MEMPHIS, Tenn. (WMC) - The National Civil Rights Museum at the Lorraine Motel reopened March 1, 2021, after closing its doors to visitors because of COVID-19. For almost 30 years the museum has inspired generations of people around the world with its poignant and personal presentation of civil rights struggles throughout history.
At 450 Mulberry Street in the South Main Historic Arts District in downtown Memphis is one of this country’s premier heritage and cultural museums. As Dr. Noelle Trent, the museum’s director of interpretation, collections and education said, “This place has power for folks.”
Decades before it became the National Civil Rights Museum it was known simply as the Windsor Hotel. That was 1925.
In 1945, when Walter Bailey purchased the property, it was the Marquette Hotel. Bailey renamed it after his wife Loree and a song titled “Sweet Lorraine” and the hotel became one of the few places in the south where Black travelers could stay overnight during the segregated eras leading up to the late 1960s in America. The hotel also had a cafe and living quarters for the Baileys.
The National Civil Rights Museum opened in September of 1991 inside the former Lorraine Motel, just a few years after a group of concerned citizens sounded the alarm in the mid-80′s that the Lorraine Motel was headed for urban renewal annihilation.
“We found the community support to say, ‘You know what, this place has value, we want to keep it sacred.’ Yes what happened here was tragic, but it’s our story and we deserve to have that story told here more than anyplace else,” said Trent.
Most know the story of the Reverend Doctor Martin Luther King, Jr’s assassination on the 2nd-floor balcony of the Lorraine Motel just outside room 306, which is now a time capsule of that day, April 4, 1968.
“But there’s something about a building about a space -- to know that you’re walking in the same path as someone where something historic happened, that moves you; it’s almost indescribable. And so historic places have value in that way,” explained Trent.
And while the motel building holds that story, the museum is more than a memorial to King.
“So while we are a place where a horrible murder happened, we are also able to talk about the context of what brought his career and his life journey together,” said Trent. “But there’s also stories of folks on the grassroots level, you know, of what happened, who they represented. So now when people come to visit they expect to see the place where Dr. King was assassinated. What they walk away with it is an understanding of African American history and in the United States and an understanding of the Lorraine Motel’s place in that story.”
The museum is now a complex of historic buildings that hold about 260 artifacts, more than 40 films, oral histories and interactive media, as well as outdoor listening posts which guide guests through five centuries of history, from resistance during slavery, all the way through the events of the late 20th century.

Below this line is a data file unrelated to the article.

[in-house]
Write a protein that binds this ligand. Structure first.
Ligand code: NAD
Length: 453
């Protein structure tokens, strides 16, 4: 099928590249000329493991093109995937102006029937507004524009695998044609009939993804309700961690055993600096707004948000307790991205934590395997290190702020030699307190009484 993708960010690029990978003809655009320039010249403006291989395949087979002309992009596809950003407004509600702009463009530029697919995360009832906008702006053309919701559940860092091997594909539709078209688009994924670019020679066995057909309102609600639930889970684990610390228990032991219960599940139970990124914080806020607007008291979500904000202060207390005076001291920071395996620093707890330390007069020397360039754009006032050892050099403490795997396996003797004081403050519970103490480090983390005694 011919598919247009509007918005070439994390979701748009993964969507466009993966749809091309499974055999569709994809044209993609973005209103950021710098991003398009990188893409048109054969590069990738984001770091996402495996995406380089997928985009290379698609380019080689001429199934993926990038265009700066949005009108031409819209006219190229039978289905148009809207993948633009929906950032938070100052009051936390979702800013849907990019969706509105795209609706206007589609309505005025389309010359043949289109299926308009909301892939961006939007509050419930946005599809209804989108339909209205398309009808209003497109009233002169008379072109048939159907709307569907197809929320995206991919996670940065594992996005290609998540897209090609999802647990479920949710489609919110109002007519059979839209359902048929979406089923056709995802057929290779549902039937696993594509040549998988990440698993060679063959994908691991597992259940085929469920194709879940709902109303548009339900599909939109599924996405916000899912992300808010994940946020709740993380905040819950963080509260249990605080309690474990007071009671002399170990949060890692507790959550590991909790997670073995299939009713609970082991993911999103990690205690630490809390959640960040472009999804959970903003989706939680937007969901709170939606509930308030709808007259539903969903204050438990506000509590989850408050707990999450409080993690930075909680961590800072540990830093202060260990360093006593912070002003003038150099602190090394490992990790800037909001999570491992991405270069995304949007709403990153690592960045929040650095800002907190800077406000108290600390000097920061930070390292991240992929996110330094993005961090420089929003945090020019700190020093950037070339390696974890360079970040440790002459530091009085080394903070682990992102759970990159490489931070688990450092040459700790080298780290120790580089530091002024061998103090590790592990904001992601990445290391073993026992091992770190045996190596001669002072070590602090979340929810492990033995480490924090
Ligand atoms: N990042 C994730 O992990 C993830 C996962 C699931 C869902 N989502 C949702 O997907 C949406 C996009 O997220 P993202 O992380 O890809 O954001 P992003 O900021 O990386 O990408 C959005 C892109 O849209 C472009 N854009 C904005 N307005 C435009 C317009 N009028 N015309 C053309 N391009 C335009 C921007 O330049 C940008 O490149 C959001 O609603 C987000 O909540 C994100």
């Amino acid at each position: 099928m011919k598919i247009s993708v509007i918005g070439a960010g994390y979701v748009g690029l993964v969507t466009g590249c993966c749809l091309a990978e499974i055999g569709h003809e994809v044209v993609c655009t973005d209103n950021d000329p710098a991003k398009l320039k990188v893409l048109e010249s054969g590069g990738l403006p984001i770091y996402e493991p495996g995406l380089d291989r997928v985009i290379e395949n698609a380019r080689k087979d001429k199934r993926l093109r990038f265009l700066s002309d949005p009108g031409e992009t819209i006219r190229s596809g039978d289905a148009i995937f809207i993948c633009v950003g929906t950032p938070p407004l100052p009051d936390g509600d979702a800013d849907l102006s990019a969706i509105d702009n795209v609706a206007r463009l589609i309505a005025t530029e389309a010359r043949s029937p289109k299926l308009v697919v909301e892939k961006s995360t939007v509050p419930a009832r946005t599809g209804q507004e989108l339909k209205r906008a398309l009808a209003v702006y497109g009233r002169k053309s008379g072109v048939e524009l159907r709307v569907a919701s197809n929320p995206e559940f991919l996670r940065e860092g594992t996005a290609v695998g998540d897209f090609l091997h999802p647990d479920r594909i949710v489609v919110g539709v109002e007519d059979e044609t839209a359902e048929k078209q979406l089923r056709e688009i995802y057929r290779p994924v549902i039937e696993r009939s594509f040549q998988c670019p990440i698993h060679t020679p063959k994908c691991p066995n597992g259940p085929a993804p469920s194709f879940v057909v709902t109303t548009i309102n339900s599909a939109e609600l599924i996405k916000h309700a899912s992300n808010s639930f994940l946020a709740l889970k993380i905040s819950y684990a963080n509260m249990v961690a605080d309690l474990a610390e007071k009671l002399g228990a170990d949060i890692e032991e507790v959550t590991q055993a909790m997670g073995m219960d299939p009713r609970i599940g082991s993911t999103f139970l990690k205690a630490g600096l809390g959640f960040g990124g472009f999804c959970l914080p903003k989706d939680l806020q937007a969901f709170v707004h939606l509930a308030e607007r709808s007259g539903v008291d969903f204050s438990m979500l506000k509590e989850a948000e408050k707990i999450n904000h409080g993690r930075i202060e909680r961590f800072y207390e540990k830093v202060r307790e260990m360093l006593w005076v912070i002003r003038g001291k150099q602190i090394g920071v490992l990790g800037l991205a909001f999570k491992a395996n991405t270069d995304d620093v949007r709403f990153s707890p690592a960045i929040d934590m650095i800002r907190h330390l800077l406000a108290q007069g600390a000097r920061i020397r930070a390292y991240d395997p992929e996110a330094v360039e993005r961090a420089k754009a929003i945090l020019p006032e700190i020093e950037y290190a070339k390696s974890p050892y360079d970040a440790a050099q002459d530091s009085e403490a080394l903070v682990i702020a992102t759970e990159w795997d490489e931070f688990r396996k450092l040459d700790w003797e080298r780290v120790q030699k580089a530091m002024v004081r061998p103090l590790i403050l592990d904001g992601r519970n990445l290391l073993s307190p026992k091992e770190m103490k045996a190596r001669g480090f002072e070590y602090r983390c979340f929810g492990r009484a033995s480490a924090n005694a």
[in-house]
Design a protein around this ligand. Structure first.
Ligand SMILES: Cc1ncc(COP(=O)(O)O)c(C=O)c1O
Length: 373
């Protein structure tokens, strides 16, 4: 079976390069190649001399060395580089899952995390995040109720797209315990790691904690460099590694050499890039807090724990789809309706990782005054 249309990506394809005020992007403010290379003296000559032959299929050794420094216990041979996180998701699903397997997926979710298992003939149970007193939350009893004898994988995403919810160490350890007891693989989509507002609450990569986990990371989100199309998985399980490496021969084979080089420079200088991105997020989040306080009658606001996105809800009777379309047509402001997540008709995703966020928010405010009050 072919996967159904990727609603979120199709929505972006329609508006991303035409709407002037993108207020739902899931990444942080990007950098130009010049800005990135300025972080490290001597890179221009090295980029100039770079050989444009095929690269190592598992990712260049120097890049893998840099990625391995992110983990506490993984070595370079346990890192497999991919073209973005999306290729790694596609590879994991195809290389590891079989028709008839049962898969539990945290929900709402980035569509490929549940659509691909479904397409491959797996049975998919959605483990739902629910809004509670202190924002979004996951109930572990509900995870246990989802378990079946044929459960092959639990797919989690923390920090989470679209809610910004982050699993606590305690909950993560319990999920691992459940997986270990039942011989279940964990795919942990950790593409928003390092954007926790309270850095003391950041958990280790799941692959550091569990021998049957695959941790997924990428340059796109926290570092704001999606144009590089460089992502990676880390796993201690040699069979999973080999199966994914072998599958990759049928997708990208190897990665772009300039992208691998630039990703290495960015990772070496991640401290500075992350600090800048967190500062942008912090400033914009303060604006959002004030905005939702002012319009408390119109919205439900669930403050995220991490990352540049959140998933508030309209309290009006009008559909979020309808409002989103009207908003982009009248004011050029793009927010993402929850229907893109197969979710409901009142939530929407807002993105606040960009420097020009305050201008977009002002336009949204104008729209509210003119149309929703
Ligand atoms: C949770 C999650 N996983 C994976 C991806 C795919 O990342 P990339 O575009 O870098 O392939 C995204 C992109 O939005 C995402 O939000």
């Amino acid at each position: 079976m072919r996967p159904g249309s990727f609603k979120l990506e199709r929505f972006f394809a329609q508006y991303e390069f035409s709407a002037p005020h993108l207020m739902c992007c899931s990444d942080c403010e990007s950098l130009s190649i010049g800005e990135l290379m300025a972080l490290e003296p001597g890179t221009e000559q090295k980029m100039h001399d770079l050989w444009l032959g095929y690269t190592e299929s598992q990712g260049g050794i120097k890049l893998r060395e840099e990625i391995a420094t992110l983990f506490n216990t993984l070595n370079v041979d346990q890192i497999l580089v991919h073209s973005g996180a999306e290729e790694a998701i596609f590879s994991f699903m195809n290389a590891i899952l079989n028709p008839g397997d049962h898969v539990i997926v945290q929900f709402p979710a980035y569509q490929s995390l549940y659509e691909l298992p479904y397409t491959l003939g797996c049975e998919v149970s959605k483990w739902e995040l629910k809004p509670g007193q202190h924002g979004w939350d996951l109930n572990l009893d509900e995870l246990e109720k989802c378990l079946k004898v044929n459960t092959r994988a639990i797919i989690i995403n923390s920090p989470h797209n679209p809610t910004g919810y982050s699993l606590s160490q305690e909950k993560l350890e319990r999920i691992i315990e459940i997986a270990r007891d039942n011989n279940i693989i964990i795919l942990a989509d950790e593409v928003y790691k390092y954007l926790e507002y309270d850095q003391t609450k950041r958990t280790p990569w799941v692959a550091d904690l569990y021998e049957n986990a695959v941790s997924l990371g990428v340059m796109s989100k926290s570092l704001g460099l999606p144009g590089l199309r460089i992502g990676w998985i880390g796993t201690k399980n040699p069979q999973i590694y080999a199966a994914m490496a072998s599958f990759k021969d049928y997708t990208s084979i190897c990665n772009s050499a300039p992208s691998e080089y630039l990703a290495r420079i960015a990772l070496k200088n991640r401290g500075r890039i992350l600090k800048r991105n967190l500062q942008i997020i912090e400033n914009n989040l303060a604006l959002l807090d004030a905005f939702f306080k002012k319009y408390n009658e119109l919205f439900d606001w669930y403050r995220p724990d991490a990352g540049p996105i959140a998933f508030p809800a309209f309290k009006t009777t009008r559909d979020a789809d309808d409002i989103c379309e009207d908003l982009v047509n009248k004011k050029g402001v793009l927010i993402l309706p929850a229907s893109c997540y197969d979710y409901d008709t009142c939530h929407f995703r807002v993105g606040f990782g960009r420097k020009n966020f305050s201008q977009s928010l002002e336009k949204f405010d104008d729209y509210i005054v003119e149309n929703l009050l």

“That inspired people around the world to stand up for equality,” said Trent.
She says what you’ll find at the museum amplifies the experiences of the ordinary person.
“Because it was happening at the grassroots level that really created a sustainable change. You’re going to confront emotions you never knew you had about certain experiences because we don’t shy away from telling the story,” said Trent.
There’s audio, film and television footage to help visitors see what was actually happening. You can also hear King’s voice in the Birmingham jail cell and see the photographs.
“You can make determinations for yourself,” explained Trent. “Our space is very engaging we have so much technology throughout here that you can walk through and just have fun with the technology or if you want to read every single panel that we have, it’ll take you a few hours, but you can do that, as well and I think that that’s what’s important that we serve various different learning styles and modes of engagement.”
Like most other businesses and venues throughout the world, COVID-19 caused disruptions to museum operations. But Trent said it also inspired museum staff to come up with new ways of educating and storytelling.
“We’ve also had the opportunity to reach audiences in ways we never would’ve done before,” she said. “So our digital programming -- we’re getting emails from Australia, Europe Asia, Africa of people saying, ‘Hey, I checked out your program,’ and it shows that the work that we do has a global meaning.”
Trent adds that NCRM also has a lasting impact on visitors days, weeks, months, even years after they visited the museum.
“Something happens in their lives, something in the world occurs and they think back to what they encountered here and it makes them grateful that they understand the context and it makes them reflective,” shared Trent.
She also said the museum is deliberately moving into a place where it is part of the national conversation.
“People are really deferring to us more so for judgment, for support as we navigate these troubling times and I think we’re gonna continue to see that,” said Trent.
If you’d like to visit the museum, due to coronavirus, you’ll need to purchase your tickets online at: https://tickets.civilrightsmuseum.org/.
Social distancing and COVID-19 capacity guidelines are followed and you must wear a mask at all times.